Top Democratic donors wait for Terry McAuliffe to decide on 2020 bid
A number of top donors to the Democratic Party have told 2020 candidates and campaigns that they are waiting for former Virginia Gov. Terry McAuliffe to decide whether he will run for president before fully committing to other candidates.
McAuliffe has deep ties to the Democratic donor community after years of raising money for Bill and Hillary Clinton, the Democratic National Committee and his two campaigns for governor of Virginia. He has publicly said he will decide whether to run for president in the next month, but as he waits, a number of prolific Democratic donors are sitting on the sidelines.
The group includes Robert Johnson, the founder of Black Entertainment Television; longtime Democratic donor and former Ambassador to Portugal Elizabeth Frawley Bagley; and Chris Korge, a prolific donor to the Clintons and the co-chair of Miami Beach’s 2020 convention efforts.
“I did give a contribution to Kamala Harris, but when I gave it to her, I told her, ‘If McAuliffe jumps in, I am supporting him,'” Korge told CNN. “I have made it clear to her, as well as every other person who has approached me, including five or six of them running, that if McAuliffe runs, I am supporting him.”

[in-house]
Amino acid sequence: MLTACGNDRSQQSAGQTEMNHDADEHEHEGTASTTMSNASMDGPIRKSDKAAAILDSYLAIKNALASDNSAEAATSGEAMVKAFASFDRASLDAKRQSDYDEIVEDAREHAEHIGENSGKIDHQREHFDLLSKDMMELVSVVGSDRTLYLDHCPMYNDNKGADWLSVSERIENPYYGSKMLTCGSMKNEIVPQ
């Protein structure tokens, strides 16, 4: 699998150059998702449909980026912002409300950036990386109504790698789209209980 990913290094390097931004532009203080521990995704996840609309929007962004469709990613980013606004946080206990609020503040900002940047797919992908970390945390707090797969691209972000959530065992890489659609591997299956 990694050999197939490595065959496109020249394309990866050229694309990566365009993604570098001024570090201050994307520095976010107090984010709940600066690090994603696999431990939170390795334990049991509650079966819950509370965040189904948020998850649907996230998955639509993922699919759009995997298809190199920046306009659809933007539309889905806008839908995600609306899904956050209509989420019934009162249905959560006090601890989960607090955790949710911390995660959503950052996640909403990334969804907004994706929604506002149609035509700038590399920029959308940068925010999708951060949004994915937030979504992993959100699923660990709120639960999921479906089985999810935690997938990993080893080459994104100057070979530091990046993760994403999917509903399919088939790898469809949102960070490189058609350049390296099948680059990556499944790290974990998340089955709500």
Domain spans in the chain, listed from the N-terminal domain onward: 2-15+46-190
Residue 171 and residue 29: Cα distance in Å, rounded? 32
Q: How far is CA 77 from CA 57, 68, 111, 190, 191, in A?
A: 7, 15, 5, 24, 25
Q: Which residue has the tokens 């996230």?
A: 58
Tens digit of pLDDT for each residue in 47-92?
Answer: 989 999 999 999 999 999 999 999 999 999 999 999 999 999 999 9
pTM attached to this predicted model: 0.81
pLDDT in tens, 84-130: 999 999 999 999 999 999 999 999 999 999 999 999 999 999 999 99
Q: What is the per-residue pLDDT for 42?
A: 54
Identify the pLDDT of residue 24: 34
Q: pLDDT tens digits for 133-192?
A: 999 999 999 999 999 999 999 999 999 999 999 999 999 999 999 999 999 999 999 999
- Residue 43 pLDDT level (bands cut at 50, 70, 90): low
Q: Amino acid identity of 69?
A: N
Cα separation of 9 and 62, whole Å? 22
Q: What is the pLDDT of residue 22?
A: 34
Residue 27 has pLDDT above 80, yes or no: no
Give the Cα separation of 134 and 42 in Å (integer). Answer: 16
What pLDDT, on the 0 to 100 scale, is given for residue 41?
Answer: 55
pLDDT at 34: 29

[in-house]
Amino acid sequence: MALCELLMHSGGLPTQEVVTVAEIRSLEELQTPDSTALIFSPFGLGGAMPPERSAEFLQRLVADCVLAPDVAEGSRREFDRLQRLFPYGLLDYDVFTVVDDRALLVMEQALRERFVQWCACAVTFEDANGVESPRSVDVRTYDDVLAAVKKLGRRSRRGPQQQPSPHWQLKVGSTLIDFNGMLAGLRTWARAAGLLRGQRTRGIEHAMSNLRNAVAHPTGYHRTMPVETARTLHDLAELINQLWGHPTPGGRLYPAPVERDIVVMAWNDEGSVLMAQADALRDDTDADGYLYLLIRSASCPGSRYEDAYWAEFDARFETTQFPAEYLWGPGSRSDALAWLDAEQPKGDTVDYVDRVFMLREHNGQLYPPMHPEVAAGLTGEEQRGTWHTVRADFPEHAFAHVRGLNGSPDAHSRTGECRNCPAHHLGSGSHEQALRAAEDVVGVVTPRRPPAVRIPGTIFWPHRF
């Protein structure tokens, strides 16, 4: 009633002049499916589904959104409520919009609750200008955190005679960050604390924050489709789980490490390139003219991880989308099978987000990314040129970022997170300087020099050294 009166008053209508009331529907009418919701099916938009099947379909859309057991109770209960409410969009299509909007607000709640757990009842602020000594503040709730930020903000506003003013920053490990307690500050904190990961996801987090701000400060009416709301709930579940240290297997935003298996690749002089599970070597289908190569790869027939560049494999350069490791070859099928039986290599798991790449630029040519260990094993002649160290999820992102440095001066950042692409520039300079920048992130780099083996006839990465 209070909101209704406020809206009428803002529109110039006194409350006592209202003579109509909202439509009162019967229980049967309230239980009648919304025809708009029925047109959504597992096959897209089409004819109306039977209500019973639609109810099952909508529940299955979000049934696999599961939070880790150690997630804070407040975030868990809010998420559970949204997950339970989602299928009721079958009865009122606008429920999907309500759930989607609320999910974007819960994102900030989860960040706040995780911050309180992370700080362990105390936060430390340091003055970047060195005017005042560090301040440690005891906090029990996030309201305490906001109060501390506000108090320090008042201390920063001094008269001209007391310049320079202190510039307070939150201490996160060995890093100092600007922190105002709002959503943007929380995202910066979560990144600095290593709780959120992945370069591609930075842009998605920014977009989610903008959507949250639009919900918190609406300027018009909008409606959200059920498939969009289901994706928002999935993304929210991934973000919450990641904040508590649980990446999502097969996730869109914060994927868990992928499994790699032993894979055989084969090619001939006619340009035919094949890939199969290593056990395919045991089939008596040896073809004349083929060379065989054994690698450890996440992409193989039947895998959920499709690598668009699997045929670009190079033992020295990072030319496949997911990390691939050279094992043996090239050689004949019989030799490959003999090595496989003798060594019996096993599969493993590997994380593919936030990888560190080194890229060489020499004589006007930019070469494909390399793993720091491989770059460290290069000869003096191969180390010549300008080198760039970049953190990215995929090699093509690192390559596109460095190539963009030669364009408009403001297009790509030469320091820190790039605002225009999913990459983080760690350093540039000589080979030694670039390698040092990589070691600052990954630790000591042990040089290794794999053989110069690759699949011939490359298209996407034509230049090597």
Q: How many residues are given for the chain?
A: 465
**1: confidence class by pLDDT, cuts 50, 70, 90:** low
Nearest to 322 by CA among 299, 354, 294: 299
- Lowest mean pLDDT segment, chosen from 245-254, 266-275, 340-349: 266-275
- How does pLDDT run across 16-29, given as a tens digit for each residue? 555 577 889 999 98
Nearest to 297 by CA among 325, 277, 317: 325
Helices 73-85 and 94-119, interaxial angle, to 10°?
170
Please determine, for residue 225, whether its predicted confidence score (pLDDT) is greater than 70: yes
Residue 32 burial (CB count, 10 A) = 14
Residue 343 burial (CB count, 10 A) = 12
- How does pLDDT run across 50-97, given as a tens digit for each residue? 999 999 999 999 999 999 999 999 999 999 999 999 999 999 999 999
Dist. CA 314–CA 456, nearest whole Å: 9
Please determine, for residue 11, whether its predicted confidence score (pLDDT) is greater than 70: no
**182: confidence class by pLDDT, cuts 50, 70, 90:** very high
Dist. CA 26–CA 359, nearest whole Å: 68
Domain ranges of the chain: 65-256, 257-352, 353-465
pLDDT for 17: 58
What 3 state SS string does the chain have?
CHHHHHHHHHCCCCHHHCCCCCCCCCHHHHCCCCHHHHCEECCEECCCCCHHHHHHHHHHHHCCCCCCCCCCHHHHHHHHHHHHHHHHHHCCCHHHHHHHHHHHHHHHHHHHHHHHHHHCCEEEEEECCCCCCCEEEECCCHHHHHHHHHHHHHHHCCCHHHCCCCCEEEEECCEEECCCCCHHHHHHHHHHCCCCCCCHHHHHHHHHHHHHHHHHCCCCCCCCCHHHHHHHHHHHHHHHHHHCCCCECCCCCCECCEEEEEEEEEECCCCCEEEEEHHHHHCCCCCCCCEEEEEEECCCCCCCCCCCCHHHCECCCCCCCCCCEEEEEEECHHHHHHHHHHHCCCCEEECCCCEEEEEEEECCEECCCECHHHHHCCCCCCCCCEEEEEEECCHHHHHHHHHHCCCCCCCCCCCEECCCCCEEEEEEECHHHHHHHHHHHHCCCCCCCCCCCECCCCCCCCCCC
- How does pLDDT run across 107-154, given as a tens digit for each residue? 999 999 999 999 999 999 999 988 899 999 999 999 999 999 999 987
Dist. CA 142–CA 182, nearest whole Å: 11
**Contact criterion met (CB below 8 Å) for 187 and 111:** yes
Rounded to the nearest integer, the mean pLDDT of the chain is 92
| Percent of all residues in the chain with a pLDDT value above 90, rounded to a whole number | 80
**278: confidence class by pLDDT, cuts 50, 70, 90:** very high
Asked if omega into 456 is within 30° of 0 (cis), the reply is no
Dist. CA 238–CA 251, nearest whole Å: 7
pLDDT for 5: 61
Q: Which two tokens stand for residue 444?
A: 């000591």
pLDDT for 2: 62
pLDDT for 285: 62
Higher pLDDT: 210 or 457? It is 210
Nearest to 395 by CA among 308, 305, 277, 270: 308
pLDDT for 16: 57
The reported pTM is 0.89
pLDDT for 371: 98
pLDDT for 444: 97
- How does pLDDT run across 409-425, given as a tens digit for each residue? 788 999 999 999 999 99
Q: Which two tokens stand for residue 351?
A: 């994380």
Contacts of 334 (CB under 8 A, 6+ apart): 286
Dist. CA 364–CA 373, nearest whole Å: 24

Korge was echoed by John Morgan, the Florida-based attorney and donor who recently announced he was leaving the Democratic Party because he was disillusioned by the leftward shift of Democrats. Morgan has known McAuliffe since the early 1990s.
“I don’t know who your close friends are, but it would be like one of your close friends ran for president and you were supporting Elizabeth Warren,” Morgan said. “It would be like, ‘what the f***?'”
McAuliffe has long touted his expertise in raising money for Democratic causes and all of the donors CNN contacted said they had known the former Virginia governor for decades. But in the 2020 Democratic primary, connections to wealthy donors could be a negative for McAuliffe given how candidates like Massachusetts Sen. Elizabeth Warren and Vermont Sen. Bernie Sanders are swearing off big donors and posh fundraisers.
To some donors, that isn’t a bad thing for McAuliffe.
“I think for Terry, depending on what Joe Biden does, may have a real path to say, ‘I’m the capitalist in the room,'” said Morgan. “I think the best way to describe Terry is he is a compassionate capitalist.”
McAuliffe was the finance director of the Democratic Congressional Campaign Committee in his 20s and began raising money for presidential campaigns in 1980 with President Jimmy Carter’s re-election effort. When he raised money for Democratic presidential nominee Walter Mondale in 1984, an article about him noted he could “sell an icebox to an Eskimo or soda water to W. C. Fields.”
In 1988, McAuliffe was all in for Rep. Richard Gephardt and became one of his top fundraisers.
“You’ve only cost us the presidency,” McAuliffe once told a donor who didn’t want to give $5,000 to Gephardt. “I hope you sleep easy tonight.”